Timelapse and Nature

FOR BEST VIDEO, Wait a couple of seconds to allow download to start before pushing play!

With photography we are limited to a slice of life equal to the shutter speed. Anywhere from 1/8000 of a second ( even shorter if you are using high speed flash) to maybe several hours (think star trail images) put together into a single image. This is a static view of life but sometimes a more dynamic view of life is moving. Videos are a good example, but they happened in real time, unless you edit together multiple clips. What if you want to show what happens over time in a single video clip? Ah, enter the timelapse video.

Timelapse video is actually single still images taken at certain intervals and then put together into a video clip. In today’s world of digital, it is a fairly easy process. More and more cameras come with a built in intervelometer which allows you to set how many images and how often they get taken. Some digital cameras now have a timelapse function which takes the images and then processes them into a timelapse video in camera.

Even my iPhone has this capability, which I used here to create the fog over Deception Pass Bridge on Whidbey Island, WA.

Not too bad for a handheld for 4 minutes with an iPhone5 time-lapse.. I did stabilize some on a rock!


Some quick things to think about for Timelpase.

  1. Timing– quick moving subject (clouds, sunrise/ set) use interval of 1-2 seconds. Slow moving clouds use 5-10 seconds.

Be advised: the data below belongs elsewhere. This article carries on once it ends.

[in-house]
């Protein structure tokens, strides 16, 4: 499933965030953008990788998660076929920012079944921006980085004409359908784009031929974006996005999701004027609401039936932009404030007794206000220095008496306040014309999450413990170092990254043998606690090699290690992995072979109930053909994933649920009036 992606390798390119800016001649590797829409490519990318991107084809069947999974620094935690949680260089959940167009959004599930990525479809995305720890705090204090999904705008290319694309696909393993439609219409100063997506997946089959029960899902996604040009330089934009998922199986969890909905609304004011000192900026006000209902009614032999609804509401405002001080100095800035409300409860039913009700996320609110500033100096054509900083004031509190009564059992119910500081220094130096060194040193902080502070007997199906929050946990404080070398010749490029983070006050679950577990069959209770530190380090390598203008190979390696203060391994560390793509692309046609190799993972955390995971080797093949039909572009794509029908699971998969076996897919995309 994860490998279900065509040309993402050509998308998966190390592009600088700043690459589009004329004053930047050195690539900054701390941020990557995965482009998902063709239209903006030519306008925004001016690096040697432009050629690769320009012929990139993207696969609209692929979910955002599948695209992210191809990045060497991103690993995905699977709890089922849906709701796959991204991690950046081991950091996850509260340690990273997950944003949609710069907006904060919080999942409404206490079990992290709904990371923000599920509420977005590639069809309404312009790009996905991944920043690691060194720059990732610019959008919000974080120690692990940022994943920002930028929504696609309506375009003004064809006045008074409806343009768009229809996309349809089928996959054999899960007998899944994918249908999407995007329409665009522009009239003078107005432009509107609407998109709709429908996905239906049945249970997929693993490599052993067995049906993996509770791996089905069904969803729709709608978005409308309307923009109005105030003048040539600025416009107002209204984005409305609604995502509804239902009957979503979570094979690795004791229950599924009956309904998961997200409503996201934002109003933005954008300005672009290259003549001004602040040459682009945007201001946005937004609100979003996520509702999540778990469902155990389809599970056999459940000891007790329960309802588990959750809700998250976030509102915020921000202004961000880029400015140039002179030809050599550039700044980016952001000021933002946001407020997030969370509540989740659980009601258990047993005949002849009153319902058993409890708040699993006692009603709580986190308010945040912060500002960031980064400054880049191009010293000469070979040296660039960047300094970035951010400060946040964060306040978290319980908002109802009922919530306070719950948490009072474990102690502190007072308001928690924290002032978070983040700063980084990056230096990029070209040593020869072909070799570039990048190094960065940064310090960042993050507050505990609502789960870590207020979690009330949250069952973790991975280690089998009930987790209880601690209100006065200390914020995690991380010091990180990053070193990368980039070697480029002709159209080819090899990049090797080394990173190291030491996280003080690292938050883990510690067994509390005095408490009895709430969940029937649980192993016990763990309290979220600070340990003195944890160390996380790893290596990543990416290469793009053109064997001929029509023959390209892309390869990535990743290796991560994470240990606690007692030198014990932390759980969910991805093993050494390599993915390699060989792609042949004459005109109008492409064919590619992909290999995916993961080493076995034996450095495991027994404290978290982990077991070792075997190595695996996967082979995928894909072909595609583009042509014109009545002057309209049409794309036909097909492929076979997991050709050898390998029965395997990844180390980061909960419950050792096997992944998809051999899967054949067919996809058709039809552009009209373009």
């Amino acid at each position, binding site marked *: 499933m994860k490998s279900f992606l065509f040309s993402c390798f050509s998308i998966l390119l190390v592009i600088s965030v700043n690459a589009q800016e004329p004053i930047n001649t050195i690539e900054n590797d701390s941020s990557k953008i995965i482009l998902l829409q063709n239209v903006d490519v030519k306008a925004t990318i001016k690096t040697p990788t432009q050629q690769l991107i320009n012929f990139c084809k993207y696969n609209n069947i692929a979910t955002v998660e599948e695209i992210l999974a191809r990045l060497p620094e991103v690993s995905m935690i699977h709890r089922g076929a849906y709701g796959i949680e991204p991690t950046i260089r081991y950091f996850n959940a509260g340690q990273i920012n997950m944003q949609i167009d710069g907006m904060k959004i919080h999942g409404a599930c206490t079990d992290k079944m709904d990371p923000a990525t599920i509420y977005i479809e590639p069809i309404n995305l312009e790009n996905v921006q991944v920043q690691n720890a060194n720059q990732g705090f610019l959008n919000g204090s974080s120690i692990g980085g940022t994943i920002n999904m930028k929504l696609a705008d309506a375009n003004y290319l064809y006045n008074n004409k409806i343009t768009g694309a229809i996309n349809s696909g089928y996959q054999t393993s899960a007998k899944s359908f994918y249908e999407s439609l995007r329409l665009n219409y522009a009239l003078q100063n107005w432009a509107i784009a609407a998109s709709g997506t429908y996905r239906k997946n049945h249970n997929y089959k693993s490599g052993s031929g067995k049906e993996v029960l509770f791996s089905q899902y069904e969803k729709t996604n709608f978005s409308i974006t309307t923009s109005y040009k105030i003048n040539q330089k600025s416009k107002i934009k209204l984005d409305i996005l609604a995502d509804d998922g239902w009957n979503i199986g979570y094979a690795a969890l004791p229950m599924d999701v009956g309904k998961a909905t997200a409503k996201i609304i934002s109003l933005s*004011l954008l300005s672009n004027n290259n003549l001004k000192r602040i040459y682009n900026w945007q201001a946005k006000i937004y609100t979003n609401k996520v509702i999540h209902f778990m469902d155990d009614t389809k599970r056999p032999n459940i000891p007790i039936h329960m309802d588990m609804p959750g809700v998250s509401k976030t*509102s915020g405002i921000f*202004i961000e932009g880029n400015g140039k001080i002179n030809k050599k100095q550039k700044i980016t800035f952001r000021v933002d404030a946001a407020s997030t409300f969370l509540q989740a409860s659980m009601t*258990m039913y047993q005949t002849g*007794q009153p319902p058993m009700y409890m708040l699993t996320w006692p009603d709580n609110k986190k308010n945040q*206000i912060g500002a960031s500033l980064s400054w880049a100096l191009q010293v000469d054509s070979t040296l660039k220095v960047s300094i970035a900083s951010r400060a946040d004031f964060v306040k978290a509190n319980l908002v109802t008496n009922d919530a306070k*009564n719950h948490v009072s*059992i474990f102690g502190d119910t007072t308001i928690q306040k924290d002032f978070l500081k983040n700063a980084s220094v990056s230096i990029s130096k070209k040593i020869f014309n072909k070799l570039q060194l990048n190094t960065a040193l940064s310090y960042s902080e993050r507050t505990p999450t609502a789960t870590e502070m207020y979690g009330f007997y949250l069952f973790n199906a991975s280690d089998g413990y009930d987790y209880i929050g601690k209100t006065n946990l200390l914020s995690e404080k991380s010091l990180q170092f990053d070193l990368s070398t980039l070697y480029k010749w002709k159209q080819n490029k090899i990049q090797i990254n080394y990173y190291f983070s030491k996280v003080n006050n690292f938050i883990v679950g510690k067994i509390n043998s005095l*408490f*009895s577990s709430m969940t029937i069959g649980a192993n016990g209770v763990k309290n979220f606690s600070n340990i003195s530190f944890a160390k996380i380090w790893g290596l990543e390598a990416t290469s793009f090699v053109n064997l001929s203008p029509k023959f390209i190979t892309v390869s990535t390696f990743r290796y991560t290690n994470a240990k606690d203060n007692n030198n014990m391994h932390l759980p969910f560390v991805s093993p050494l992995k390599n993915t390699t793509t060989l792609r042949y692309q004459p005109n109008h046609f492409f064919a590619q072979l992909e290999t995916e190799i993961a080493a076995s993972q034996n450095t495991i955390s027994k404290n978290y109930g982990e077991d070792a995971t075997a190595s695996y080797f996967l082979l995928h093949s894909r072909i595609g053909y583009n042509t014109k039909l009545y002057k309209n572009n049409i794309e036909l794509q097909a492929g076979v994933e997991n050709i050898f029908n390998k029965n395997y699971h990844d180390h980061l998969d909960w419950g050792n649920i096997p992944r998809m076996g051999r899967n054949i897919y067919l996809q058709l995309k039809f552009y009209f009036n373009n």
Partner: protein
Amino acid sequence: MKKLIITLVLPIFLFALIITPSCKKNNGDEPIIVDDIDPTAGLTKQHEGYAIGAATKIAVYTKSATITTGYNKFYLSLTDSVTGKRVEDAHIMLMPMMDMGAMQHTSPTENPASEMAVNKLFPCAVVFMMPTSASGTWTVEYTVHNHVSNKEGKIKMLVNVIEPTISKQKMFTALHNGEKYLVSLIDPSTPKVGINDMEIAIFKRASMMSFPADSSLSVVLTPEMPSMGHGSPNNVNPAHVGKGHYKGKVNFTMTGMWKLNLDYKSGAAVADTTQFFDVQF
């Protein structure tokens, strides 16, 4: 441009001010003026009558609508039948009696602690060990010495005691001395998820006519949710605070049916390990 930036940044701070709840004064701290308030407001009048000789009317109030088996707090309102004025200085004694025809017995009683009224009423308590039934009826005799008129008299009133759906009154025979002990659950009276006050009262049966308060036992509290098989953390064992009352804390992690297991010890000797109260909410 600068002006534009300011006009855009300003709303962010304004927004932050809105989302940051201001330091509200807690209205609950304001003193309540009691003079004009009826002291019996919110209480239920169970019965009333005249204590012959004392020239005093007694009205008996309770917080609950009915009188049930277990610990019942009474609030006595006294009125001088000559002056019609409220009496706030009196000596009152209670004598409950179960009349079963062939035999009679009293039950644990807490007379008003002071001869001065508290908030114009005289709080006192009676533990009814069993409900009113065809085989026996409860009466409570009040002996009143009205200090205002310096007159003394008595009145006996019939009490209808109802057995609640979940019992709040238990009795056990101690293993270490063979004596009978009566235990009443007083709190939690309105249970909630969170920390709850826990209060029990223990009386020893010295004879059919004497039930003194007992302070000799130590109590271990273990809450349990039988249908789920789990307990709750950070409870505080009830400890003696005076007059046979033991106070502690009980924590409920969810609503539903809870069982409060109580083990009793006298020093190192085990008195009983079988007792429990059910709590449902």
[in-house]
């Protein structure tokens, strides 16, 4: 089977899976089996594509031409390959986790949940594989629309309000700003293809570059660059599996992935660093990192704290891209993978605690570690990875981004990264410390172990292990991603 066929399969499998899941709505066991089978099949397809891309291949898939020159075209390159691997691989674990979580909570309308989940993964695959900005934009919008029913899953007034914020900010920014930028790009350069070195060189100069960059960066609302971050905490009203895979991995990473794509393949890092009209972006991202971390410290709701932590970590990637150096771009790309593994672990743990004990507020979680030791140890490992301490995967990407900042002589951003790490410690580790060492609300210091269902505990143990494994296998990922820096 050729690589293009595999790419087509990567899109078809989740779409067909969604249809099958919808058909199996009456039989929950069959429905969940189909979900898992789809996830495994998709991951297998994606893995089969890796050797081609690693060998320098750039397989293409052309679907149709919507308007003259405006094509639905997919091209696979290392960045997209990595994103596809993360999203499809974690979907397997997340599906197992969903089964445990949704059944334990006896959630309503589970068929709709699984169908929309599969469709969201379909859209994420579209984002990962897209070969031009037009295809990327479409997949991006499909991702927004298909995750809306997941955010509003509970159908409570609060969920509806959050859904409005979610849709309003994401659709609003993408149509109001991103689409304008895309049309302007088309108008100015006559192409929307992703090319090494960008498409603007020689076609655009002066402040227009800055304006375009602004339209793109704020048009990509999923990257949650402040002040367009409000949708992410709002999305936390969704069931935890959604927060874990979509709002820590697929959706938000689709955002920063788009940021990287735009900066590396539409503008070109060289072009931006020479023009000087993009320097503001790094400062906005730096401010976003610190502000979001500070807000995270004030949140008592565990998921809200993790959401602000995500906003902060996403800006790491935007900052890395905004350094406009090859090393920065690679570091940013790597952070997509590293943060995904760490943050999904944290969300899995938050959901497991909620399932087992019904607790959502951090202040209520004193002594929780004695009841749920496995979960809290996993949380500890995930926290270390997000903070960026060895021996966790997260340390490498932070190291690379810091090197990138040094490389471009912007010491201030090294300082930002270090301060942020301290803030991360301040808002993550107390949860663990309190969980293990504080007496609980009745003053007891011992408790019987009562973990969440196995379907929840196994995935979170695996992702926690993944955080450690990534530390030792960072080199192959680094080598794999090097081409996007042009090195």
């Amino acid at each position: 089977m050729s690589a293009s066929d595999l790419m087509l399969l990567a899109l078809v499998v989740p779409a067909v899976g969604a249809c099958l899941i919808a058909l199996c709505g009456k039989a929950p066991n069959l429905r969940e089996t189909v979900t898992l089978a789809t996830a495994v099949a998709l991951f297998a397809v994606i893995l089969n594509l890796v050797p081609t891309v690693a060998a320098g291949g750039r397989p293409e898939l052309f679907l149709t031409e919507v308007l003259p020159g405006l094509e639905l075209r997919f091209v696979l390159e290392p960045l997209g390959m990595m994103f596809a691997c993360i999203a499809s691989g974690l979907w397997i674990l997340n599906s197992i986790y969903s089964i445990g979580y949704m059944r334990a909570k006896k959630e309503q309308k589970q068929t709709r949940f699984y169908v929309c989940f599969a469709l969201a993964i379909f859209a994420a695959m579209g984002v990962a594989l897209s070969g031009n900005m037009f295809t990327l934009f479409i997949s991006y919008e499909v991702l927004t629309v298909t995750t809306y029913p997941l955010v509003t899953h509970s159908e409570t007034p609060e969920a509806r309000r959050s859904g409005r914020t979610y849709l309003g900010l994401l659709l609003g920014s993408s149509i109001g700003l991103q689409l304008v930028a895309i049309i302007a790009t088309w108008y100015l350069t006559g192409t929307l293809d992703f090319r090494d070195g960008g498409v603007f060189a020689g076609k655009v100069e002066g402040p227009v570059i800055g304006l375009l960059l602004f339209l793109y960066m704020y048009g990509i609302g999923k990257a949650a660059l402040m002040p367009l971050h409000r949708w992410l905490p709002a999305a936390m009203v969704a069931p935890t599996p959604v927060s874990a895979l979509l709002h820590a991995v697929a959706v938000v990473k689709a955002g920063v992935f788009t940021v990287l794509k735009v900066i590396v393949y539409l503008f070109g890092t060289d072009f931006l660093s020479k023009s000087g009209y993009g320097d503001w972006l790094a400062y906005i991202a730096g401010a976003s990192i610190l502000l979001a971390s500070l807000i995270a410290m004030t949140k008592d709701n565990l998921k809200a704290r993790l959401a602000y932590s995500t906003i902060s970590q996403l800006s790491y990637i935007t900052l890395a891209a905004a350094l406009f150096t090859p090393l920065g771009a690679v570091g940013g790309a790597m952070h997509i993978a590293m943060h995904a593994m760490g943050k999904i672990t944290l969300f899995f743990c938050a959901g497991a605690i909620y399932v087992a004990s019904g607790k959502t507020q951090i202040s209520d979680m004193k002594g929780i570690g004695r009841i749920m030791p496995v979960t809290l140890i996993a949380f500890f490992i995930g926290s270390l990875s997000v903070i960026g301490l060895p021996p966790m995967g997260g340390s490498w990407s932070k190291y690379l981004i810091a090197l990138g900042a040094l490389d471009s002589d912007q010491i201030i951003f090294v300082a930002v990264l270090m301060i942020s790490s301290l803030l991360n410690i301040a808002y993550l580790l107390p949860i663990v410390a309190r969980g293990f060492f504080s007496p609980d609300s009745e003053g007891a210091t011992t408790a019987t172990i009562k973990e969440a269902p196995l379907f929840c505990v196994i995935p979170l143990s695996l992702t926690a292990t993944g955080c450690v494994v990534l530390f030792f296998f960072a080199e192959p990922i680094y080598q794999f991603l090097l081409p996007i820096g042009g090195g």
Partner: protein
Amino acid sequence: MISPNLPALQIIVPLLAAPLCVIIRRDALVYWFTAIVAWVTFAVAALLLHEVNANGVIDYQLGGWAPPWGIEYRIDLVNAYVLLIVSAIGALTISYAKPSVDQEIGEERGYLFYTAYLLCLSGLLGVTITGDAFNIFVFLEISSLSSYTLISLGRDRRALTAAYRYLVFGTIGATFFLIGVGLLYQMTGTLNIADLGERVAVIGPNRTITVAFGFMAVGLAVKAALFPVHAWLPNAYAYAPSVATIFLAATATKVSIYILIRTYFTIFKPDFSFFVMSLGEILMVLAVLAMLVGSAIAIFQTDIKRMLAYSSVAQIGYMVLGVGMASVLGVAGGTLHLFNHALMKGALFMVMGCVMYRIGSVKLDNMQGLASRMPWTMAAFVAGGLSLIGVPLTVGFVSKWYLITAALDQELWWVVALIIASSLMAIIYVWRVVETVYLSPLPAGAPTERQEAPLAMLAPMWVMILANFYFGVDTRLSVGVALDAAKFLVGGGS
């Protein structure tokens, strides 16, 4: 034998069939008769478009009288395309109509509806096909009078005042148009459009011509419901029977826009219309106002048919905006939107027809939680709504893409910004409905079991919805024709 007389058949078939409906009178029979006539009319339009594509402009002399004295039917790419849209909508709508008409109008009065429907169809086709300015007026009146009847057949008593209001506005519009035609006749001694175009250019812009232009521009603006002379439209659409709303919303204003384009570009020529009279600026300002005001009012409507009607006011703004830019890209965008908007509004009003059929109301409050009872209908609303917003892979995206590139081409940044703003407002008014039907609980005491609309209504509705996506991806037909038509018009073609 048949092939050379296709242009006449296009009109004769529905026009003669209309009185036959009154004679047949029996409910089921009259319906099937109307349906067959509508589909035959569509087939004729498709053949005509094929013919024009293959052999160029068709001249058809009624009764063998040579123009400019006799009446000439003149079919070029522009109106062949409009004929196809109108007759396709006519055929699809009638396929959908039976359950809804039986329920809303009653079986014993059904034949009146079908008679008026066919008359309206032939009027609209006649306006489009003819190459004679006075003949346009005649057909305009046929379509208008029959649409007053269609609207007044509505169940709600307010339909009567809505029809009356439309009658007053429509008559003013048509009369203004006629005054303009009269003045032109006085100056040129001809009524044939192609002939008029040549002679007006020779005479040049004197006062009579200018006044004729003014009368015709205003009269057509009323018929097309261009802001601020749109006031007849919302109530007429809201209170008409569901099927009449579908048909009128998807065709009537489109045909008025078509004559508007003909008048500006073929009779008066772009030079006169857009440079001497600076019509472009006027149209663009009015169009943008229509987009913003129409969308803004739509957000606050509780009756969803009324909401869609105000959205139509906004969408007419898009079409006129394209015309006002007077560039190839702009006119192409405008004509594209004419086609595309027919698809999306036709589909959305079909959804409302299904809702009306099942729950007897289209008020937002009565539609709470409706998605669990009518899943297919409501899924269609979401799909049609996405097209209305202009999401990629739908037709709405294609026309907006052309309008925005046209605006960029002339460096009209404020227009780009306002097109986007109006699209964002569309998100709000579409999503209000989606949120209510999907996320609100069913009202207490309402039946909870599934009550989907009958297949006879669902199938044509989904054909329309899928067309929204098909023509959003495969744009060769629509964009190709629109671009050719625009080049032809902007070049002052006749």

2. Shutter speed– try to keep your shutter speed at or below 1/30 second(otherwise images can be very sharp but look choppy in video).
  3. Aperture– don’t use Shutter priority because this may cause flicker as the Aperture varies with light.
  4. Try to use Manual exposure so your shutter speed and aperture won’t vary.
  5. Manual focus and don’t change focus.
  6. Use a Neutral density filter to help bring the shutter speed down (I use a SinghRay Thin Ring VariND filter)
  7. A tripod is a must!
  8. You need 10-30 images per second of video. The standard is 24-30 images per second. So 10 seconds of video will need 300 images at 30 frames/ second.

For some outstanding TimeLapse video, especially of nature, go look at Tom Lowe’s Timescapes Website.. Awesome! and the forums are a great place to learn..

Leave a Reply